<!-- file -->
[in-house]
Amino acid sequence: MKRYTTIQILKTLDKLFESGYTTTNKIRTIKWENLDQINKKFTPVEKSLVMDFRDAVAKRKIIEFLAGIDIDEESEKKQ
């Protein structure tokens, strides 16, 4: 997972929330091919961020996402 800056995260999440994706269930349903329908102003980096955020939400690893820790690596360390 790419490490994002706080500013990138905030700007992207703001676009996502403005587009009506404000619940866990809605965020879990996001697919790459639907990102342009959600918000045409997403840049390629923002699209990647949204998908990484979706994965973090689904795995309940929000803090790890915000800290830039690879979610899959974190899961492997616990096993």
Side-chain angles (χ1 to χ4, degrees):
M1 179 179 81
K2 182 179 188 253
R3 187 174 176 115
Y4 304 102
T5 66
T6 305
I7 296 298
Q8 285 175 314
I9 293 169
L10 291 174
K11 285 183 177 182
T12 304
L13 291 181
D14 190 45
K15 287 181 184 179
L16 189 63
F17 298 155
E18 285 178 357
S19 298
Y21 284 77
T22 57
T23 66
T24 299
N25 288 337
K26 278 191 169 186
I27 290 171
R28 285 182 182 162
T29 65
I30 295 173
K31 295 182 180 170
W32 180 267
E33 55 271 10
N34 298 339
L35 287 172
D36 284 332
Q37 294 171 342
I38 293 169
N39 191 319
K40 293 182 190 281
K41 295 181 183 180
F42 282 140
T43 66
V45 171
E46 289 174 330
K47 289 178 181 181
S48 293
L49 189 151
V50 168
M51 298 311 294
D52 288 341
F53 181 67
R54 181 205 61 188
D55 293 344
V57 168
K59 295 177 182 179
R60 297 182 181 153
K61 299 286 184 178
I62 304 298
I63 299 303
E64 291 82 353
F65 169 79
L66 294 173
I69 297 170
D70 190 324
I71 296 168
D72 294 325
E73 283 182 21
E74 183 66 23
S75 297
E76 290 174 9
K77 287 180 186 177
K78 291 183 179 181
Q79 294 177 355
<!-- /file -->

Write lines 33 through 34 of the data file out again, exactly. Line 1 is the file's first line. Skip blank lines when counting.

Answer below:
I30 295 173
K31 295 182 180 170